Amazon workers in landmark vote to launch first US union
- Amazon workers reached a historic decision to establish the company’s first-ever union in the US — an unexpected victory against the e-commerce and fulfillment giant that steadfastly opposed organized labor
- Analysts said the Amazon outcome could spur other union efforts at America’s second-largest private employer
- Amazon argued that forming a union would mar the company’s direct relationship with workers and represent a jump into the unknown, with no guarantee that employees will wind up with better wages or job security
by Juliette MICHEL
Amazon workers voted in New York late last week to launch the first US union at the e-commerce giant — an underdog upset against a company that has steadfastly opposed organized labor in its massive workforce. Dozens of supporters greeted the result with cheers and applause, while union organizer Christian Smalls popped a champagne cork in front of banks of TV cameras and photographers.
“We want to thank (Amazon founder) Jeff Bezos for going to space because while he was up there we were signing people up,” Smalls joked after workers at the Staten Island JFK8 warehouse backed the union 2,654 to 2,131 votes. Analysts said the Amazon outcome — likened to a David vs Goliath upset and winning plaudits from President Joe Biden — could spur other unionization efforts at America’s second-largest private employer.
Amazon noted “disappointment” over the results, and said it was evaluating its options, including “filing objections based on the inappropriate and undue influence” of the National Labor Relations Board, which oversaw the vote.
At stake was Amazon’s ability to remain union-free in its home market, a status it has guarded fiercely since the company was set up in the 1990s by Bezos, who has since started a space tourism venture. During a contentious campaign, Amazon argued that forming a union would mar the company’s direct relationship with workers and represent a jump into the unknown, with no guarantee that employees will wind up with better wages or job security.
But union leaders, composed of current and former Staten Island employees, spoke constantly with employees, pitching the ability of a union to improve working conditions and ensure more employee-friendly work schedules without risk of being fired.
Smalls, 33, launched the drive soon after being fired from the Amazon site in Staten Island in March 2020 after organizing a protest for personal protective equipment amid the surge of the first major Covid-19 outbreak in New York.
“It’s a truly historic day, it really is,” said Eric Milner, who represented the union organizers during the process. “I think it’s going to start a chain reaction — warehouse to warehouse.”
Also cheering was Biden, a self-professed “union guy.” “The president was glad to see workers ensure their voices are heard with respect to important workplace decisions,” Press Secretary Jen Psaki said.
A union chain reaction at Amazon?
The union victory in New York came as a second election remained up in the air in the southern state of Alabama. The vote is a redo of a 2021 ballot thrown out by federal officials, with 993 workers casting ballots against the labor group, compared with 875 employees in favor. But there were 416 “challenged” ballots, according to the National Labor Relations Board, meaning the number of votes still to be settled is big enough to potentially decide the final result.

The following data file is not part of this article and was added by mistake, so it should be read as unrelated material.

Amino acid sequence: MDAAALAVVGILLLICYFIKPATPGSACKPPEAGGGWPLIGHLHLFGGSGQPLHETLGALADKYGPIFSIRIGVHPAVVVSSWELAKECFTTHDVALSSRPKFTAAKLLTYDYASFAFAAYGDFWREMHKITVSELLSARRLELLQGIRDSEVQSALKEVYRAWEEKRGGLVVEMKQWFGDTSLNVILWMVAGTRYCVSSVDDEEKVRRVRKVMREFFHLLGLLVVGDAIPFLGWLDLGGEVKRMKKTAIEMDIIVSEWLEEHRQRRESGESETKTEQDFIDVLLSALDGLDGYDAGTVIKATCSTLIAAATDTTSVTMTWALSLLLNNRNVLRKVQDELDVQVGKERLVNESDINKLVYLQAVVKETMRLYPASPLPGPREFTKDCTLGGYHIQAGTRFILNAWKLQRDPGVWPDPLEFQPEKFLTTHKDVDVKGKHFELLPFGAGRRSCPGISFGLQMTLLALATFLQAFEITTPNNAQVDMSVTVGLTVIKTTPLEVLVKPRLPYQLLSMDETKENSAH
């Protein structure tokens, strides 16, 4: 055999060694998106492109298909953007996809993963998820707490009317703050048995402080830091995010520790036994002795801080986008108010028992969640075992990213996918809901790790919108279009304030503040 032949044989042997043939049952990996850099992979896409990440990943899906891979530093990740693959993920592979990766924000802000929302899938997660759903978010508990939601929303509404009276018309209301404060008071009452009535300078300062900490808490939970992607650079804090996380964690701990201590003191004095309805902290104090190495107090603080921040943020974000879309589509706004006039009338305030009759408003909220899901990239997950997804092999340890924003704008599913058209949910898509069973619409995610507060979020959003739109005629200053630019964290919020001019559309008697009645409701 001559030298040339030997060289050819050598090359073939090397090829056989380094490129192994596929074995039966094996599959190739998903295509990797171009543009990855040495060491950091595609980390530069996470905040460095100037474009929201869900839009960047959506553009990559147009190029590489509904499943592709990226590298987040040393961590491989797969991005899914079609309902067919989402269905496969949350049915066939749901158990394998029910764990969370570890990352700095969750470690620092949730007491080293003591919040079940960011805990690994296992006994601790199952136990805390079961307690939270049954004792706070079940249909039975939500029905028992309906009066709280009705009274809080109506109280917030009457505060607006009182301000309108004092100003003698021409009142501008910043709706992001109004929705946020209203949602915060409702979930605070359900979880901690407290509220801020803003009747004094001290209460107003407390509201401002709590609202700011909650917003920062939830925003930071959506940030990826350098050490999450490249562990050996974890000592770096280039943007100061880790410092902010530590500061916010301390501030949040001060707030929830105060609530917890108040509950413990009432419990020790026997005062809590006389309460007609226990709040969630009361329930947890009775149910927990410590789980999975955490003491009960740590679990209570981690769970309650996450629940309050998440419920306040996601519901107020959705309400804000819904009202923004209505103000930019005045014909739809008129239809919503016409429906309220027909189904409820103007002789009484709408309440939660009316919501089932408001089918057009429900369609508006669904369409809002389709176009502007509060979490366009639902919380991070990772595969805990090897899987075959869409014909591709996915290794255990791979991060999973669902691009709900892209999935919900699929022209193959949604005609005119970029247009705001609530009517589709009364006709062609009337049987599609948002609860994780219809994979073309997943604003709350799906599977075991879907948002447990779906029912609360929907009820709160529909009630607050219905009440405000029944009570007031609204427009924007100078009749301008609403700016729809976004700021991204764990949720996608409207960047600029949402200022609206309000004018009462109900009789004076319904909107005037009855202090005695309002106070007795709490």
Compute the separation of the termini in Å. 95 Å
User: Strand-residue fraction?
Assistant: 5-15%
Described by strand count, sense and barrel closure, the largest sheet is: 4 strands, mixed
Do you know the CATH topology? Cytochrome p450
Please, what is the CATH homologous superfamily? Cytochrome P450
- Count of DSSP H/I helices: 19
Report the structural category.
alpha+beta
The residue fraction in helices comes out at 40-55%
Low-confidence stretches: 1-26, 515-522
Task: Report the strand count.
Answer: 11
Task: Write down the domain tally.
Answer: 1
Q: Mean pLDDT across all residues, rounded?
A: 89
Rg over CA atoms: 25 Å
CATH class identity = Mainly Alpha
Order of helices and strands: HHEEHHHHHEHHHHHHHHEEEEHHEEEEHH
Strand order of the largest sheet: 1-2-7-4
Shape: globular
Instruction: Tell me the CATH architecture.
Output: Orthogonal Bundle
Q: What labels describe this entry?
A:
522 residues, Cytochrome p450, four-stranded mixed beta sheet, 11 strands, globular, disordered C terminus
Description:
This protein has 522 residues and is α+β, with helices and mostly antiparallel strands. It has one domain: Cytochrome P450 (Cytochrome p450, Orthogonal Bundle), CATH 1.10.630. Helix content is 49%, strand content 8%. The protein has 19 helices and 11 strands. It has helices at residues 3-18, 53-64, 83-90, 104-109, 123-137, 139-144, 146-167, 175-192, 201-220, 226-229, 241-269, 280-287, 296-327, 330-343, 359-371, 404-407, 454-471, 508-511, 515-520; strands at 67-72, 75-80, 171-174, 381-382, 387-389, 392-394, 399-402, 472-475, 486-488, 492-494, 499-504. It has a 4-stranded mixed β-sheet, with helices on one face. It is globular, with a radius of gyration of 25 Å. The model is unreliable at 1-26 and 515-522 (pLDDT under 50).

The Alabama campaign had garnered support from the Retail, Wholesale and Department Store Union, a national union, and enjoyed visits by high-profile politicians such as progressive Senator Bernie Saunders. By contrast, the New York campaign, while based in a part of the United States historically favorable to unions, was a grassroots effort with a hardscrabble budget.
Ruth Milkman, a sociologist of labor movements at City University of New York, said she was “stunned but delighted” by the outcome, which will “inspire” other campaigns.” Despite recent unionization victories at Starbucks, the general picture for organized labor in the United States is mixed, with overall unionization levels falling steadily.
“It seems that most of the attention has been focused on Alabama and people kind of dismissed this one because it wasn’t an established union,” Milkman said. “And yet it turned out to be the success story.”
Neil Saunders, an analyst at GlobalData Retail, agreed that the New York victory will embolden others to unionize. “It becomes much more difficult for Amazon to operate if they have to deal with a union,” said Saunders. “They’re not going to necessarily have to spend a lot more. It’s just that they don’t like the interference of unions.”
In the immediate near-term, Staten Island organizers were already mobilizing for their next battle: the LDJ5 sorting center across the street from the JFK8 warehouse, with a vote to be held there at the end of the month.
Also ahead, Smalls and other labor leaders will begin to focus on establishing a contract with Amazon, an objective that is expected to be challenging. “There is still a lot of hard work ahead,” said Milkman. “Many times people win election and never get a contract.”
Achieving a contract “will require a continued, if not expanded, campaign,” said Larry Mishel, a fellow at the Economic Policy Institute, a labor-backed think tank.
© Agence France-Presse
30 March 2023